The topic of discipline certainly became an issue in the aftermath of the Blue Bombers’ 20-18 win in the Labour Day Classic, as Winnipeg was penalized six times for 40 yards, while the Riders were flagged a whopping 11 times for 99 yards.

That’s an ongoing issue in Saskatchewan, where the Riders are the most penalized team in the league – 1,076 yards in infractions through 12 games – while the Blue Bombers are the least at 563.

The talking point came up at Wednesday’s media availability, when O’Shea was asked if he took pride in his team perennially being one of the fewest penalized teams in the league.

“I don’t think I get prideful about it,” O’Shea said. “When we get new players in the building it’s certainly explained to them how we handle things here, what our core principles are and that kind of thing, so I think they have a pretty good understanding right away of what the expectations are. Other than that, it’s not a topic of conversation on where we stand amongst the rest of the league, really ever.”

As to be discipline buy-in from his players.

“They generally like each other, and they want to play hard and play well for each other, and they want to make sure they put their team in the best position to be able to win football games,” O’Shea said. “So that would mean working really hard to play clean football.”


Nick Hallett’s first interception as a pro in the Labour Day Classic couldn’t have come at a more opportune time, what with the Blue Bombers protecting a 20-18 lead late in the game and the Riders marching into Winnipeg territory.

The young safety snared a Cody Fajardo pass while the Riders QB was under pressure from Willie Jefferson and the ball glanced off Frankie Hickson’s hands with just under two minutes remaining.

“Honestly, I don’t really remember it. I’ve watched it so many times, that’s what I remember now,” said Hallett with a grin. “But it’s cool. You just have the whole team working together. You have the front line getting after (Fajardo) and it makes it hard to throw it; you have all the other DBs dropping into their spots and Biggie (Adam Bighill) and Shayne (Gauthier) closing in… it was very exciting to get it.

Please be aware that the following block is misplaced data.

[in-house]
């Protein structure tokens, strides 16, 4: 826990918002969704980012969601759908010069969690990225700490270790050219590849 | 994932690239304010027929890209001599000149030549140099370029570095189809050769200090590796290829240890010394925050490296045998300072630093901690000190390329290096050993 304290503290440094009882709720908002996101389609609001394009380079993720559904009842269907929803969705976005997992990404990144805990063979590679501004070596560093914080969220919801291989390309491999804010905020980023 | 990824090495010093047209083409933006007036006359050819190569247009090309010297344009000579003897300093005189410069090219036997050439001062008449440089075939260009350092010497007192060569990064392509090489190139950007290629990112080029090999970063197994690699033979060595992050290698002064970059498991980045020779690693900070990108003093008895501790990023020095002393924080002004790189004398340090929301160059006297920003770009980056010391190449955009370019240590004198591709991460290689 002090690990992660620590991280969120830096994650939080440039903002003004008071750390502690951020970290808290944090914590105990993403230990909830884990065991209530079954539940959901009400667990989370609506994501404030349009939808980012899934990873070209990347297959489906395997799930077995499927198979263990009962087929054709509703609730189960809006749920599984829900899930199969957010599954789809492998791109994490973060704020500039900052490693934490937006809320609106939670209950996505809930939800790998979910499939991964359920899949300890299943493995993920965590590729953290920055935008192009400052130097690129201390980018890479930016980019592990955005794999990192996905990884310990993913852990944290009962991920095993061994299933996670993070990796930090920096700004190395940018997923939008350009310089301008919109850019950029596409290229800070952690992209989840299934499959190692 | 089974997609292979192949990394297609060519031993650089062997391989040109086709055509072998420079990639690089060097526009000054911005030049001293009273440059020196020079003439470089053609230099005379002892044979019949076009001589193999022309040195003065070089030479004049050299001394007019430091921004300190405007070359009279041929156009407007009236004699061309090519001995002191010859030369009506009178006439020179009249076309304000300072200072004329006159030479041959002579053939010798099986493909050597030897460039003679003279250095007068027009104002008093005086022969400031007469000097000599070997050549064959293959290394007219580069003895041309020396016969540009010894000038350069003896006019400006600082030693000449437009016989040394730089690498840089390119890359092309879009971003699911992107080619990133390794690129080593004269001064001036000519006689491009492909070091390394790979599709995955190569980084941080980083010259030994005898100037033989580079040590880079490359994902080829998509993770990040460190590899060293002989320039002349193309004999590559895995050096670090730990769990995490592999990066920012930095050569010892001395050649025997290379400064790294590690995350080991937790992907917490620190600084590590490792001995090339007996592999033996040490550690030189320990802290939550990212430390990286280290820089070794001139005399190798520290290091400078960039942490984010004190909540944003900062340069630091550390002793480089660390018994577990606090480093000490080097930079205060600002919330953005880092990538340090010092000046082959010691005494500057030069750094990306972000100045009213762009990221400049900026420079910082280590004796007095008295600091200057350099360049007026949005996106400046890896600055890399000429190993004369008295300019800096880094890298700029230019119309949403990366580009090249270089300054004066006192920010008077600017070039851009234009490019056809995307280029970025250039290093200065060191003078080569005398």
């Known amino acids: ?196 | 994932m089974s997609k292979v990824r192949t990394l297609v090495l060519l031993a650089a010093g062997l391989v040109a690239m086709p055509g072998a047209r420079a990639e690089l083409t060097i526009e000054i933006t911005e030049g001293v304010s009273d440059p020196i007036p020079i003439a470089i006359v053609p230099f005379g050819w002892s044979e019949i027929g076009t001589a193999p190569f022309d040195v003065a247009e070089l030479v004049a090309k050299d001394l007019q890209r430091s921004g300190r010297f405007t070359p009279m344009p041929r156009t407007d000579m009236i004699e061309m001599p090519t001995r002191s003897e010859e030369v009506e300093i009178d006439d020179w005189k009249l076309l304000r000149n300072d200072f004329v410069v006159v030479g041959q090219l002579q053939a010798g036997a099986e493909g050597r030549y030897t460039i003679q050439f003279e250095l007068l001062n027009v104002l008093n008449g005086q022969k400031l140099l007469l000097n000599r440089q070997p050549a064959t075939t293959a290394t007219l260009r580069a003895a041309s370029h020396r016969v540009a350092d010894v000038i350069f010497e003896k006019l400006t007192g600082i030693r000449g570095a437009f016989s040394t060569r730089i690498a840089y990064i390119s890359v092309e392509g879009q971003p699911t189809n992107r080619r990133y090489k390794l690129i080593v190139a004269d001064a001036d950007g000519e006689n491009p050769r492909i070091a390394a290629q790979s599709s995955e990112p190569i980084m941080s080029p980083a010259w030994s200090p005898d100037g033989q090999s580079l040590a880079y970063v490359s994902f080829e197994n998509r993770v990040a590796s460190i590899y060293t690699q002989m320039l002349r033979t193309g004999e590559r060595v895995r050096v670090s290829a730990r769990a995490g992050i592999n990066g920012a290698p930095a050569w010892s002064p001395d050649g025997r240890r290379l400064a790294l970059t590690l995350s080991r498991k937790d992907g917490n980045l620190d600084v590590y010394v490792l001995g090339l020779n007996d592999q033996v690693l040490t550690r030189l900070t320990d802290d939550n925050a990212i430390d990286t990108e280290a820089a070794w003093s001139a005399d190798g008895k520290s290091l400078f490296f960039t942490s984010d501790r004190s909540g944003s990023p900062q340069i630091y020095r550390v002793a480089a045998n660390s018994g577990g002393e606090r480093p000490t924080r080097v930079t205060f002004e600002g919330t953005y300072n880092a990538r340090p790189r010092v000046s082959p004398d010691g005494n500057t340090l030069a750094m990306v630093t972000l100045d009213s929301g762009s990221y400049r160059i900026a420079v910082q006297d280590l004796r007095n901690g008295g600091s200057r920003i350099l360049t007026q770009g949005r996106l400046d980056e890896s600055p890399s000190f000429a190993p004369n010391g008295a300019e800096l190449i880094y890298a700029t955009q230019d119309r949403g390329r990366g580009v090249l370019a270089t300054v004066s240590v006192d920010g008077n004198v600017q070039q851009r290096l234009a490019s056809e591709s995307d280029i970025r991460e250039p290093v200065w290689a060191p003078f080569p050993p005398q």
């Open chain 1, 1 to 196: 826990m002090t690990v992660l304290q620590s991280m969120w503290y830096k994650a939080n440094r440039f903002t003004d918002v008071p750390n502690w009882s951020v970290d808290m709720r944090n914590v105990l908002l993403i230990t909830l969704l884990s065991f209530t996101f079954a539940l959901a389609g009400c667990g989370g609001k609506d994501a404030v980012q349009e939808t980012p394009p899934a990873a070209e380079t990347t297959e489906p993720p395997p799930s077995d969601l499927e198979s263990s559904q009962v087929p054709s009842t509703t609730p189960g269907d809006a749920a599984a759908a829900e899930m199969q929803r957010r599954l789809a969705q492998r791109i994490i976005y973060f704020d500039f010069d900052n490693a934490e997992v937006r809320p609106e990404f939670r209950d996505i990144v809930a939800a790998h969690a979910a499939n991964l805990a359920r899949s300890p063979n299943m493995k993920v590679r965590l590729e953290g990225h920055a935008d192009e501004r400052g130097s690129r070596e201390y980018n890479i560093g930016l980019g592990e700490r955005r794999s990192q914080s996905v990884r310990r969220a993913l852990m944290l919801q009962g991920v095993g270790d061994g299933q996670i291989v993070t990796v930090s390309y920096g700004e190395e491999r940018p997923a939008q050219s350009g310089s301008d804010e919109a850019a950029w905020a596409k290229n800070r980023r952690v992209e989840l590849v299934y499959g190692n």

“It’s very special. I’ll always remember that. It was my first-ever career pick.”

Hallett said he has the football and will be giving it to his parents, who attended Wednesday’s practice and will be at Saturday’s Banjo Bowl.

“(The interception) is good for my confidence,” said Hallett. “I’ve always been confident. I always wanted to compete and show that, but it is just nice to get a little bit of recognition. And helping the team, that’s all I really want to do, whether that’s on specials, defence – wherever they need me to just make an impact on the game.”


The Blue Bombers have added veteran receiver Kelvin McKnight back to the practice roster and also announced Tuesday the addition of American DB J.T. Hassell.

Hassell (5-11, 200) played his college ball at South Dakota State and Florida Tech. He has had NFL looks from the Cleveland Browns, New England Patriots and New York Jets.


Safety Brandon Alexander and centre Michael Couture were both participants at practice on Wednesday, but their status for the Banjo Bowl won’t be known until Friday.

Not practising were WR/KR Janarion Grant, WR Greg Ellingson, CB Demerio Houston, while LB Adam Bighill was limited. And the news is not good for Global DE Thiadric Hansen, who is listed as having an Achilles injury with O’Shea said ‘he’s going to be out for a bit.’


All four of Drew Wolitarsky’s catches in Sunday’s win were second-down conversions and he now has 13 this season.

“He’s so smart,” O’Shea said of Wolitarsky. “He has a great feel for the game. He’s right on time. The quarterbacks come to trust a guy and you know where to put your eyes. Pre-snap you know where he is and when things break down you end up developing a real trusting relationship that he will be in an area to bail you out which is pretty cool to watch.”